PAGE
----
Riding, then, not as a sport but as an education in history and culture, and as means of self-realisation? Does it not ascribe too much of the spiritual to a skill that, of itself, is mainly physical?

Definitely not! Already Max Weyrother in his depictions afforded far more space to the thinking rider than to the schooling of the horse, thus underlining the necessity to support practical ability by theoretical knowledge. In addition to knowledge of physiology and psychology, the rider must have a clear conception of kinetics and balance. Theory means knowledge, practice means ability. But knowledge must always precede action! Reit-Kultur-Gut© has as its goal to develop horses that excel not only at the various gaits and later the jumps of the haute école, but that are also calm, supple and obedient and make riding a joy by their graceful movement. We educate horse and rider uncompromisingly in line with the pure, classical riding lore that adheres to its central tenets of respect for the individual and fascination with unforced development of the horse, all the way to the haute école (“refinement of the nature”)

Mr Smeykal-Meyer, you just mentioned horse physiology. Often some gaits, rideability, or teachability are ascribed to one particular breed or another. Does the art of classical riding meet its limits here?

Sensitive riding does not depend on the breed or size of the horse, as many have erroneously assumed, but on the ability and training of the rider. Only with the most finely honed body sense [of the rider; writer's comment] can the horse perform all the feats and gaits rhythmically and energetically, yet without any strain or blockage in muscles or joints. The rider’s cues are no longer visible at this highest level of training, rather the rider performs all the movements together with the horse, with a calm, natural posture, as if fused into one being, in full harmony. This fosters both mental and physical well-being of the horse and preserves his performance and ability into ripe old age. The potential of the horse – any horse! – will thus flourish in its full splendour.

Mental and physical well-being – just through correct riding?

The best riding art is of little avail if the overall conditions are not right, e.g., the horse is fed wrong or the saddle does not fit. Reit-Kultur-Gut© therefore offers, in addition, a natural feeding regimen without artificial feedstuffs, veterinary supervision by respected holistic veterinary surgeons and dentists, and qualified fitting of saddles and tack - the most important links between the horse and the rider.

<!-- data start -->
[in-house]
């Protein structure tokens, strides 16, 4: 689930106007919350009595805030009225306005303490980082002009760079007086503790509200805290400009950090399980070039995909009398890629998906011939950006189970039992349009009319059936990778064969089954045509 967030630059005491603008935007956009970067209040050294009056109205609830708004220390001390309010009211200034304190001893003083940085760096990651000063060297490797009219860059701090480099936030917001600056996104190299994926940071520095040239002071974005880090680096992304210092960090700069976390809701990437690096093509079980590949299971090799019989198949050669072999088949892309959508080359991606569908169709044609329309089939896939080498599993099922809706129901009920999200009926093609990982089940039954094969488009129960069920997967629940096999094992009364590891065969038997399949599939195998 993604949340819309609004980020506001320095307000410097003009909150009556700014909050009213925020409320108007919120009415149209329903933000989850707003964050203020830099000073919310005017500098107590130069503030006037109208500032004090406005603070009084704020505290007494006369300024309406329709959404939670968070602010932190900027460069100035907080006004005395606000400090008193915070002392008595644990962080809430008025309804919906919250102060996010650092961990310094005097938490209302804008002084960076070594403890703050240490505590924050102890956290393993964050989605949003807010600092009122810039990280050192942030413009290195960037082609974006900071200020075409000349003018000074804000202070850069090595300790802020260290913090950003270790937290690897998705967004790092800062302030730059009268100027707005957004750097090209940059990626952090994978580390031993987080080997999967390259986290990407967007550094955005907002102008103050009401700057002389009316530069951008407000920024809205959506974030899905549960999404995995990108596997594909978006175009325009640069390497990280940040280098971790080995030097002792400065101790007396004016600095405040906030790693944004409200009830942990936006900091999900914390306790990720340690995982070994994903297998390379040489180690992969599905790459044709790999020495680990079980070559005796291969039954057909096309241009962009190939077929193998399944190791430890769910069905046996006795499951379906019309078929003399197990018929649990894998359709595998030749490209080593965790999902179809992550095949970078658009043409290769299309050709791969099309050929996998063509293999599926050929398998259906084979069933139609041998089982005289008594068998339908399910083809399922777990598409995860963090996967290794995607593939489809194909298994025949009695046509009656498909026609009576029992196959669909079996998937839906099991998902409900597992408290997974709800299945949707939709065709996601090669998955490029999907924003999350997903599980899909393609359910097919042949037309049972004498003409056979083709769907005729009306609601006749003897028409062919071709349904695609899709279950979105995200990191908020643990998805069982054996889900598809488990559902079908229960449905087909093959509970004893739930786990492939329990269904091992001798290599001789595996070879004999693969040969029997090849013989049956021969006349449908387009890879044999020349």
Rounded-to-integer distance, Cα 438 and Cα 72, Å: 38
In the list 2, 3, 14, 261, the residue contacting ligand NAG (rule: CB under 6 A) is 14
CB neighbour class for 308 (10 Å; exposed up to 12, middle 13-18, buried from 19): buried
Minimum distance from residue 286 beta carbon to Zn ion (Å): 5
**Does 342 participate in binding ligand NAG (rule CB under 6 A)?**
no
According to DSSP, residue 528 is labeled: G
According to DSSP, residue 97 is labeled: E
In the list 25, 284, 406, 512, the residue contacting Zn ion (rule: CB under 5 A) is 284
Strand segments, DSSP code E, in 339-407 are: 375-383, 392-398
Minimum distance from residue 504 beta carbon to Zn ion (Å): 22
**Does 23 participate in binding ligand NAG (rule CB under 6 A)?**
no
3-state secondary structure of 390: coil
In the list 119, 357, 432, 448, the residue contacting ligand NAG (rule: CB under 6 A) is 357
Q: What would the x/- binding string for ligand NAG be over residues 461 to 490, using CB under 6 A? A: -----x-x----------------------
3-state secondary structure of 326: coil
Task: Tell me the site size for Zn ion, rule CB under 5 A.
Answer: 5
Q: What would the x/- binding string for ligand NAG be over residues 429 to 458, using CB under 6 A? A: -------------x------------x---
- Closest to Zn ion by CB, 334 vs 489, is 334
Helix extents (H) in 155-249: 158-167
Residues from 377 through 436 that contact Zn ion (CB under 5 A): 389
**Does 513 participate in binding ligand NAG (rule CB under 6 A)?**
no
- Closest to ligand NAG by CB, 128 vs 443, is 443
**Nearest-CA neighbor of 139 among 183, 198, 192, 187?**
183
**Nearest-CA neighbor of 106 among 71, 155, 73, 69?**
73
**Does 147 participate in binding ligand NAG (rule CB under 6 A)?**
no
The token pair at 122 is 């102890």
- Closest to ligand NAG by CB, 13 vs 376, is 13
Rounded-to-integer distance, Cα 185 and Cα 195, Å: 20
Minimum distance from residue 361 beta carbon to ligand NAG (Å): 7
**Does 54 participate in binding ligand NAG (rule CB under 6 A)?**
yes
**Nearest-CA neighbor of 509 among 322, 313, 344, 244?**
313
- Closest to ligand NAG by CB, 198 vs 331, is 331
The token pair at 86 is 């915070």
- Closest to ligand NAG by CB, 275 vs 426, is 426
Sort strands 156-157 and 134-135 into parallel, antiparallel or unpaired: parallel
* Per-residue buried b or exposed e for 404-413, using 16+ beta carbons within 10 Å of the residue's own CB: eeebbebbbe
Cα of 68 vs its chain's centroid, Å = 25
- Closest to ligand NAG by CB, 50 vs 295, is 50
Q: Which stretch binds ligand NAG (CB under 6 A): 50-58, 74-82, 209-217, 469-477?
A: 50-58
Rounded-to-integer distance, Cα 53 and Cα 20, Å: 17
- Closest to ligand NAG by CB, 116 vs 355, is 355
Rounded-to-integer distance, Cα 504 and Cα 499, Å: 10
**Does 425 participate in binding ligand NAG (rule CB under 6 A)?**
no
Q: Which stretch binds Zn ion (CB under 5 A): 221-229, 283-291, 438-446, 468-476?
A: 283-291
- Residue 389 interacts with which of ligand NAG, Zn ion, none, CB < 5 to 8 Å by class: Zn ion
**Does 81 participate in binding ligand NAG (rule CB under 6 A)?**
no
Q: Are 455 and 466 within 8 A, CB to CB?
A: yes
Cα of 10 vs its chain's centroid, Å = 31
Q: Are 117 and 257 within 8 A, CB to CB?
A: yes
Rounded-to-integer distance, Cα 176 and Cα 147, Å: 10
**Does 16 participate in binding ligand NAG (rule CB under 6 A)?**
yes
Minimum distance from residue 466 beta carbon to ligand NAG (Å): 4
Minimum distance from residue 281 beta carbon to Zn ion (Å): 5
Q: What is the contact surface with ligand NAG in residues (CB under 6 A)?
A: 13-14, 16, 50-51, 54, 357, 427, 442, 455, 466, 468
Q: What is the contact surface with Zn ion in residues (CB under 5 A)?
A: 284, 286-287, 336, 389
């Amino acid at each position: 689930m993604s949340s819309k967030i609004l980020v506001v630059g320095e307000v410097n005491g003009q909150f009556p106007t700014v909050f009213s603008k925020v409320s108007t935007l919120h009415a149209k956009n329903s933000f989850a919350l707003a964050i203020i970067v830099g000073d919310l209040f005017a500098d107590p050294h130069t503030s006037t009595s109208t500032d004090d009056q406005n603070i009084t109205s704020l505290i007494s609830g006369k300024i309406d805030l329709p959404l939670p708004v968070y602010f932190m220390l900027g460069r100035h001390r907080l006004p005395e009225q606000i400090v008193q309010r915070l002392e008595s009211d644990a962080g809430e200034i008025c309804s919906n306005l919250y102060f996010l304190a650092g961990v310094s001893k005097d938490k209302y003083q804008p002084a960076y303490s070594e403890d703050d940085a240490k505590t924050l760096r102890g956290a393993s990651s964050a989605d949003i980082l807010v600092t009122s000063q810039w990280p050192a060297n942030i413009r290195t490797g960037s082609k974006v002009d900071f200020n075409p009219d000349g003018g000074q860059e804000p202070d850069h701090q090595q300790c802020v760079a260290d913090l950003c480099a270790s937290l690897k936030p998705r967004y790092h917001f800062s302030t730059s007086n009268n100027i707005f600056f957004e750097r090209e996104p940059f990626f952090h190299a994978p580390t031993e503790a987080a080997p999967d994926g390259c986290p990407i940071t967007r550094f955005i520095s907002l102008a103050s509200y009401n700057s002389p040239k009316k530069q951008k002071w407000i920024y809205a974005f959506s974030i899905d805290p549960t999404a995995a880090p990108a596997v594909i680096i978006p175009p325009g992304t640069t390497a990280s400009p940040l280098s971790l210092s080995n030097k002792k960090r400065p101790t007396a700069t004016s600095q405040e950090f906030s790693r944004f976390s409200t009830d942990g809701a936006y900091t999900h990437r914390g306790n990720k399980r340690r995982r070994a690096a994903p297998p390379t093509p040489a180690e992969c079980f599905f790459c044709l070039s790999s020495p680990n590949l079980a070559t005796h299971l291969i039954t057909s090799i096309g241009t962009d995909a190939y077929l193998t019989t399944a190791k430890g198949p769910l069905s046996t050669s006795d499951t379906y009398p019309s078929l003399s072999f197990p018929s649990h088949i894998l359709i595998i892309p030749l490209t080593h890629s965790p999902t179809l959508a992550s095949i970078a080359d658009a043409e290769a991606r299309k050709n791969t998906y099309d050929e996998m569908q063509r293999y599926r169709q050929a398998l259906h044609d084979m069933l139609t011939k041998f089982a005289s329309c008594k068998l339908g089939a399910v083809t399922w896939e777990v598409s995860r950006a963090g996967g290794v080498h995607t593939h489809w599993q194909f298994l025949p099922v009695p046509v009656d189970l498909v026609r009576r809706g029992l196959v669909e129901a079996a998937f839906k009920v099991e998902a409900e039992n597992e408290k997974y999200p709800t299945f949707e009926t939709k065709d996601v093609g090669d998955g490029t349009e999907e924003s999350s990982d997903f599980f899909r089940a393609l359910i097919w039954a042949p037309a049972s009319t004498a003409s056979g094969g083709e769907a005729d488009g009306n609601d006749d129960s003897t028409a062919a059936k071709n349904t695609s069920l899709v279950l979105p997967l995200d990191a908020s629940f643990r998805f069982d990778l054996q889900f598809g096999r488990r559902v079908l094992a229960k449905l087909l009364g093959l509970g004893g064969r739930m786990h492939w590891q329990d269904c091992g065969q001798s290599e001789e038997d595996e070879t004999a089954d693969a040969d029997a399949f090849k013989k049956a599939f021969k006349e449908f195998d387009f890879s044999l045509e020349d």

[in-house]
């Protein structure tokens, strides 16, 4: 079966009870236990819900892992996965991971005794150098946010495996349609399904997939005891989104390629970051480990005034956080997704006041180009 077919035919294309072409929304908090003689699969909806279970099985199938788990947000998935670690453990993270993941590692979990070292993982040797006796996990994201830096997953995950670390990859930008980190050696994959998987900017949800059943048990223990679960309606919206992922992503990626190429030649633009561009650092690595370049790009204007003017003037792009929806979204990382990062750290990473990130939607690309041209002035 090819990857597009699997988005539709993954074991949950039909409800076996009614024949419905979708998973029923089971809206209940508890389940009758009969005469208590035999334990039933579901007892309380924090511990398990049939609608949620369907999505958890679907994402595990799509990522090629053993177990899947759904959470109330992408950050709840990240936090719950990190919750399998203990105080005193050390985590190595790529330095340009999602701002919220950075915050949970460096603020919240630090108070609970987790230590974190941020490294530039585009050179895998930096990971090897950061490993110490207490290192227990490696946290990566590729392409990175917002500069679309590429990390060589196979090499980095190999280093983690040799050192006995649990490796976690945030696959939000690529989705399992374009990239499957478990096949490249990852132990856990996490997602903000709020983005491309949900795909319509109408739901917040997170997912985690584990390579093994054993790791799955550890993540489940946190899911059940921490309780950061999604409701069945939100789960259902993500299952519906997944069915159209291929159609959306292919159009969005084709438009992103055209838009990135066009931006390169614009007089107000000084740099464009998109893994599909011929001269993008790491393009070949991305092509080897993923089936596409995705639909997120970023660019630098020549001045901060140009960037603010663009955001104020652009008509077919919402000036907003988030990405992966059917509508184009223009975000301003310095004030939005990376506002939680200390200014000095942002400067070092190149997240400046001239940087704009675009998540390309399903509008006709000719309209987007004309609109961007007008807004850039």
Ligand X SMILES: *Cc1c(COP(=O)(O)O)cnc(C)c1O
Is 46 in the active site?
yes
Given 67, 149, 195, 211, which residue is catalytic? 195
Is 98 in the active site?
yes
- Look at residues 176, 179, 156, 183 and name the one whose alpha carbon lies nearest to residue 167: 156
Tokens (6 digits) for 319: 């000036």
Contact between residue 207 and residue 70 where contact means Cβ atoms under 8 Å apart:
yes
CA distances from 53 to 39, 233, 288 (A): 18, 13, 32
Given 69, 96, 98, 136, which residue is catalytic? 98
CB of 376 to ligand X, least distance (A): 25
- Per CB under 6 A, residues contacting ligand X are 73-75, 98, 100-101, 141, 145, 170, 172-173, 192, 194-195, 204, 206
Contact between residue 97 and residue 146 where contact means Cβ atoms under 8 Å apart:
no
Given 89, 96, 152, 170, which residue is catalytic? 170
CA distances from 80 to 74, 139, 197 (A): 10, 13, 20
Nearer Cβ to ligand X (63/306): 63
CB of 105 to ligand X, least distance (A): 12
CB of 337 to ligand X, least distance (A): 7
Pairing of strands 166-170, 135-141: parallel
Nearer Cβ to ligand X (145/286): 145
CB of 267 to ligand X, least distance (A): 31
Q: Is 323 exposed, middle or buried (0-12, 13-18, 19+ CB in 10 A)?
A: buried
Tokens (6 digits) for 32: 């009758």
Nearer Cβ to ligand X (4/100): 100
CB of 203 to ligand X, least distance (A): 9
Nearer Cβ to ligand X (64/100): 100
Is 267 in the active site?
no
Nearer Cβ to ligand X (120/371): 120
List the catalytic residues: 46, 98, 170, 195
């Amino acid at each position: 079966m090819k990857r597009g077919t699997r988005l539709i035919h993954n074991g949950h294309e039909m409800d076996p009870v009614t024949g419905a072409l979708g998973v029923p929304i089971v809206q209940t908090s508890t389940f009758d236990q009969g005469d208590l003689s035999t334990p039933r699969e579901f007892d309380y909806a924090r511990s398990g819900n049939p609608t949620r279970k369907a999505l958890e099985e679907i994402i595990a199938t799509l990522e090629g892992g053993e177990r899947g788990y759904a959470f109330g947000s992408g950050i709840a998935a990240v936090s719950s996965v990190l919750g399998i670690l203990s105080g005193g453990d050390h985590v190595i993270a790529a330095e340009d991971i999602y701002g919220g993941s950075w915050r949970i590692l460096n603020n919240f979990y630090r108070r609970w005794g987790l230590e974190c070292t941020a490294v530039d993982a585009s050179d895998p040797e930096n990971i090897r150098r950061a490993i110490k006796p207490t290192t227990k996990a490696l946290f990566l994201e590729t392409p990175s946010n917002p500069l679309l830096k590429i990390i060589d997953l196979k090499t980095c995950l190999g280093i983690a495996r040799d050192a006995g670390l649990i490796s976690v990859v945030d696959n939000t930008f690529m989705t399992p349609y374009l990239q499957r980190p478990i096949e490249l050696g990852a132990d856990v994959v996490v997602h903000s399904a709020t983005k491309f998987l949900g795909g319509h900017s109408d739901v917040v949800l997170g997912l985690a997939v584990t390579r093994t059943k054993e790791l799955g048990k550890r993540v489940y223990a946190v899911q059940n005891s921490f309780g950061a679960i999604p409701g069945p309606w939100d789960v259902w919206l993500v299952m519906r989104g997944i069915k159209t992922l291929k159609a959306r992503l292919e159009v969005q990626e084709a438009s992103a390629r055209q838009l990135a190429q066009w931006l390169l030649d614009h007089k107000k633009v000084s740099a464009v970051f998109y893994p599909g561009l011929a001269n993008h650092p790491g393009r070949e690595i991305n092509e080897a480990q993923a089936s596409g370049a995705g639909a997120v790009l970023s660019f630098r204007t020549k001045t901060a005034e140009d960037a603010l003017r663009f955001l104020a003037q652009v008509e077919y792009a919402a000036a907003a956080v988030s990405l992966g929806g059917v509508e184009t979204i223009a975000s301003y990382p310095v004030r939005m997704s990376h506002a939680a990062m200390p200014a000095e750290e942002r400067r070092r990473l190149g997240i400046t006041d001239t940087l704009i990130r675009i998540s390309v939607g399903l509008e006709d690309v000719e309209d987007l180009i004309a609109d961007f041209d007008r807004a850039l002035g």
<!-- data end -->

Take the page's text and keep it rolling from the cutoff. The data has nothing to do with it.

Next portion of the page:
Unforced training without excessive demands, full value cost, biological veterinary medicine—that sounds like a model holistic concept for horses that, in this form, is something entirely new in North Bavaria. What is your vision?

Gustav Steinbrecht once said: Through the long, intimate association with his master, the horse becomes infinitely intelligent and alert; because he has so much to learn and is continually urged to respond to the slightest cue from the rider, his mental powers are exercised in concert with his physical ones, so that he becomes trusting and devoted to his master at the same rate as his schooling improves the performance of his tasks, which he eventually carries out with a kind of joyful and proud self-confidence. I would like to go even further and assert that the development of the human follows the same pattern. To recognise and be permitted to foster them both is my life work and creative fulfilment. Reit-Kultur-Gut© ought to become a centre for the classical art of riding that will revive the classical methods of schooling of both man and animal (“living Reit-Kultur-Gut experience”). In addition to the voltige instruction offered by the “Voltis vom Schenkenturm” we will provide driving courses, schooling of rider and horse up to the haute école level, special lessons on Iberian or Arabian horses, gala evenings of classical riding and presentations on the history of the classical art of riding, as well as fencing and dancing lessons, to round off the personal development in keeping with the classical model. Our multifaceted instruction offerings are also expressly directed at novices as well as returning students at all levels.

Thank you for talking to us, Mr Smeykal-Meyer! 

(C) copyright Reitschule Smeykal-Meyer | Interview by  Sylvia Grab